Archive for October, 2008

Motivating and Communicating from the C-Suite recently conducted a survey of 8,700 workers on the ability of their managers and c-level executives to inspire them and communicate with them.

More than half of those surveyed don’t feel motivated within their organizations and need more personal attention and development. 58% specifically said senior management does not motivate them, citing a need for greater companywide communication and motivation from C-level executives.

Most senior executives would agree it is difficult to communicate effectively and sincerely to all employees in a meaningful way that also motivates them to higher performance. Our global strategic employee recognition programs are designed to specifically overcome these challenges by providing a forum for C-level executives to communicate company values and strategic objectives to all employees in a positive and encouraging platform.

Of course, communicating to all employees in this way is only possible when best practices for frequent recognition for the majority of employees are followed.

How about you? Are you motivated by your C-level executives? Do you wish they communicated more? What are your suggestions?

Motivating and Engaging without the Tricks

David Zinger, author of the Employee Engagement Zingers blog and host of the Employee Engagement Network, recently blogged on his Employee Engagement Rants. Two in particular “engaged” me:

“Let’s stop calling it employee engagement.” – David’s point is the label “employee engagement” tends to blame the employee if they are not engaged, neglecting to consider the necessary contributions of leaders and managers. He suggests calling it “work engagement” instead. While I understand the spirit of David’s message, others in the engagement blogosphere argue that employees must be active participants and driving forces in increasing their own engagement as well. As I’ve seen in practice at our many client sites and has been proven through various research studies, engagement can only be achieved when both the employee takes responsibility for their own effort and managers encourage, support and acknowledge the value of that effort.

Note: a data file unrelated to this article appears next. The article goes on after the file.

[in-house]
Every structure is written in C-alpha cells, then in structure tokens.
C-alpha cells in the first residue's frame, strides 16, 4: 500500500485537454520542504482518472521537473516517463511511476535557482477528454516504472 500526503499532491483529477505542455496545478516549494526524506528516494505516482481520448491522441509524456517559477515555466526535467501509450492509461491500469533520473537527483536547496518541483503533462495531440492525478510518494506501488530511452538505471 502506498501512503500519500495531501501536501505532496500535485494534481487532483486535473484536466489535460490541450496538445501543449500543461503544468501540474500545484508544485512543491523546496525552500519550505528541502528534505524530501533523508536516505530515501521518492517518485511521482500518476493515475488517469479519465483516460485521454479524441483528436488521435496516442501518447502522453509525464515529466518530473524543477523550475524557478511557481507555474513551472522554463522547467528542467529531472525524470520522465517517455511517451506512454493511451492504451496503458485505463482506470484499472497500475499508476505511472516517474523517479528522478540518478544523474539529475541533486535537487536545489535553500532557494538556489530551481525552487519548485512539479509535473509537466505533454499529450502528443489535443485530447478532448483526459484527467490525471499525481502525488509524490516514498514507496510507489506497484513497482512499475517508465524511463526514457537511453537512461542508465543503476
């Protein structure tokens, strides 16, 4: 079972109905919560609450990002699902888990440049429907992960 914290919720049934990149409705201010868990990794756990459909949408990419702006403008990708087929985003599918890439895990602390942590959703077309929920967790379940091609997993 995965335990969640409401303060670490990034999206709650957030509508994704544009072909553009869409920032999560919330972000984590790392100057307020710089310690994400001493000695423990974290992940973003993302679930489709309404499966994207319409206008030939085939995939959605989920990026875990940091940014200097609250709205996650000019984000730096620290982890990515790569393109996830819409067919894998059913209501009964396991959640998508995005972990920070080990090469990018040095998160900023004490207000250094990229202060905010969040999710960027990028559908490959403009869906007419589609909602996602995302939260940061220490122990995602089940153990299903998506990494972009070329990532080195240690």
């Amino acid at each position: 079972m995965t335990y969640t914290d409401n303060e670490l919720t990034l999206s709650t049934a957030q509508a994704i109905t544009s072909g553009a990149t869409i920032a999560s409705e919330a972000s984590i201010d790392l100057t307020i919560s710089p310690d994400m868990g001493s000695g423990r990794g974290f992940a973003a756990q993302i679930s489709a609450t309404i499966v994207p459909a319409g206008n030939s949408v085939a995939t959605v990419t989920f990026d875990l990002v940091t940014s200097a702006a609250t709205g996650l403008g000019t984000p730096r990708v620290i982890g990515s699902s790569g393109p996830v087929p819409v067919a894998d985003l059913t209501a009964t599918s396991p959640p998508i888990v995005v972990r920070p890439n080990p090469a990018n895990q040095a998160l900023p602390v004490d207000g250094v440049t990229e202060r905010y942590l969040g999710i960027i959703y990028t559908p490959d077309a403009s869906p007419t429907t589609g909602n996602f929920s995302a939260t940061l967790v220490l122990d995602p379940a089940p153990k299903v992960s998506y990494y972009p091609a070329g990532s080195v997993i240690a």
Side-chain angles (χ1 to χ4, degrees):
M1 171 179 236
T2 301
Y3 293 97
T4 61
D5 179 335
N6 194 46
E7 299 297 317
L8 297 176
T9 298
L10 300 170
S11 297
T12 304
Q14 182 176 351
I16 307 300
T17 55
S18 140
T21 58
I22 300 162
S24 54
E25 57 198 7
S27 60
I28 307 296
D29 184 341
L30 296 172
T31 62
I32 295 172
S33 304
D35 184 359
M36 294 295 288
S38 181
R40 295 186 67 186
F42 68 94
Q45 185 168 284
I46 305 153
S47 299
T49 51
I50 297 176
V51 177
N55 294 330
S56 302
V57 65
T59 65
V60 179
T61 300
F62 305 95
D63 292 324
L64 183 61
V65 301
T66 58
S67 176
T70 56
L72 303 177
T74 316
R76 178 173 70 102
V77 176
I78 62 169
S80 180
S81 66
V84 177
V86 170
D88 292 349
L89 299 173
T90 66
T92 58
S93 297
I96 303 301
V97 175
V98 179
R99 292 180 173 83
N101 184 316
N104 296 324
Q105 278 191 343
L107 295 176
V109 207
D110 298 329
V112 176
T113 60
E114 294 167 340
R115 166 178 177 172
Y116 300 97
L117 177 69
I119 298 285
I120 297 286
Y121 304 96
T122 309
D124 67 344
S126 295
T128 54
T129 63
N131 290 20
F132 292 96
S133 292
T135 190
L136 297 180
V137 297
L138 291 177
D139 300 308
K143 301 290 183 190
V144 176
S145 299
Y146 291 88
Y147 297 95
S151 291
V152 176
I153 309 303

“No more carrots, no more sticks, no more motivational tricks.” – David’s point here is that we should “appreciate the complexity and diversity of work while engaging in personal and interpersonal action to foster authentic, real, and robust engagement.” As we at Globoforce have said for years, a simple and sincere “thank you” can go so much farther in helping colleagues realize their own value and feel fulfilled in their roles/efforts at work. More often than not, this also helps motivate them to greater performance.

How do you help your colleagues realize their value in their work? Do you contribute positively to this? Does anyone contribute positively to you in this way? Be sure to take our weekly poll.

Transforming a Miserable Job

In his latest book The Three Signs of a Miserable Job, Patrick Lencioni dissects what takes a job beyond bad or a poor fit to downright miserable. In an interview with Amazon, Lencioni explained the three signs: